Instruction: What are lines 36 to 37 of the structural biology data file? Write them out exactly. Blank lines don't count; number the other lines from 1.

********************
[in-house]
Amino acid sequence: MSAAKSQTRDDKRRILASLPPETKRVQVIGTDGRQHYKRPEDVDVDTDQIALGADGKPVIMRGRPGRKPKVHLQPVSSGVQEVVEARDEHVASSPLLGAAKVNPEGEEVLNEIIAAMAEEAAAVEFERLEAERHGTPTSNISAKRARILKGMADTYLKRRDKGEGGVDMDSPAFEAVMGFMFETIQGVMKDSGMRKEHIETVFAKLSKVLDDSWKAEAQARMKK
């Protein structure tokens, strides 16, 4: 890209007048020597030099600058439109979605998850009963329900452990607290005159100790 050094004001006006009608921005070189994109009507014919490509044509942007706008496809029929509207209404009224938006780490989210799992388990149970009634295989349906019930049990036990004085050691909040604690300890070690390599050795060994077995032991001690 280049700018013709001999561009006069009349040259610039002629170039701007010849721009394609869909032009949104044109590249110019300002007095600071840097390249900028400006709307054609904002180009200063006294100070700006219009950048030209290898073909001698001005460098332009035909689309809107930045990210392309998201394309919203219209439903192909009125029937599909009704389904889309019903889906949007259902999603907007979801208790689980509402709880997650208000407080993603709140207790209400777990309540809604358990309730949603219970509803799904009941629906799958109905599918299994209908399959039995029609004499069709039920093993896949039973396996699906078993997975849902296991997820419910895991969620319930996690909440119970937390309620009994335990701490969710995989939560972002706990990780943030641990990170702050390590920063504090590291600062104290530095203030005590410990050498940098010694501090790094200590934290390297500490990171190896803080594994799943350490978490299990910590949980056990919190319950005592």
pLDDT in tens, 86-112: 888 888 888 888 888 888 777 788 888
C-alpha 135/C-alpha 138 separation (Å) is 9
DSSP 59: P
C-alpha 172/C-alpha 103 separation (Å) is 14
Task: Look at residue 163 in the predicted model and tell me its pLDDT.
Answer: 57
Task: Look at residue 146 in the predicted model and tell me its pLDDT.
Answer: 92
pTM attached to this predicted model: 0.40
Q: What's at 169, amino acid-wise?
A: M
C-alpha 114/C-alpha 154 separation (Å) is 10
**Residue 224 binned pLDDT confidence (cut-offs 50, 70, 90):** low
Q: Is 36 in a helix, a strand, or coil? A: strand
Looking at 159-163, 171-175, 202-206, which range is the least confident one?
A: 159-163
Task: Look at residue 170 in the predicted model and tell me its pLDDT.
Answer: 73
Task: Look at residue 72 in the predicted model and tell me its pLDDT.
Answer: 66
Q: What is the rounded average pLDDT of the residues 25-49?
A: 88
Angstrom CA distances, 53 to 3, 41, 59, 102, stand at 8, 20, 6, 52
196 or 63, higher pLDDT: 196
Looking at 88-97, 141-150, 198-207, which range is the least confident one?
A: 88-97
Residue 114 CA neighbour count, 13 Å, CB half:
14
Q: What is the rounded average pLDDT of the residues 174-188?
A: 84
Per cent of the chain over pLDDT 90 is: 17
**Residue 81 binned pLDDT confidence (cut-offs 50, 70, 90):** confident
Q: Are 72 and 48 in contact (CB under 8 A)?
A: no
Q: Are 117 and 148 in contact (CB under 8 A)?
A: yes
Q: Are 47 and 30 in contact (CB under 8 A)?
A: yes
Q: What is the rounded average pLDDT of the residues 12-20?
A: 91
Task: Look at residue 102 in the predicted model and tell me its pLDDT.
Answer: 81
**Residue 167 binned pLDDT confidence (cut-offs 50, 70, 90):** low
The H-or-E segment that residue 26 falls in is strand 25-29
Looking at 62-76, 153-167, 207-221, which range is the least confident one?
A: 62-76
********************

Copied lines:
Q: Are 72 and 48 in contact (CB under 8 A)?
A: no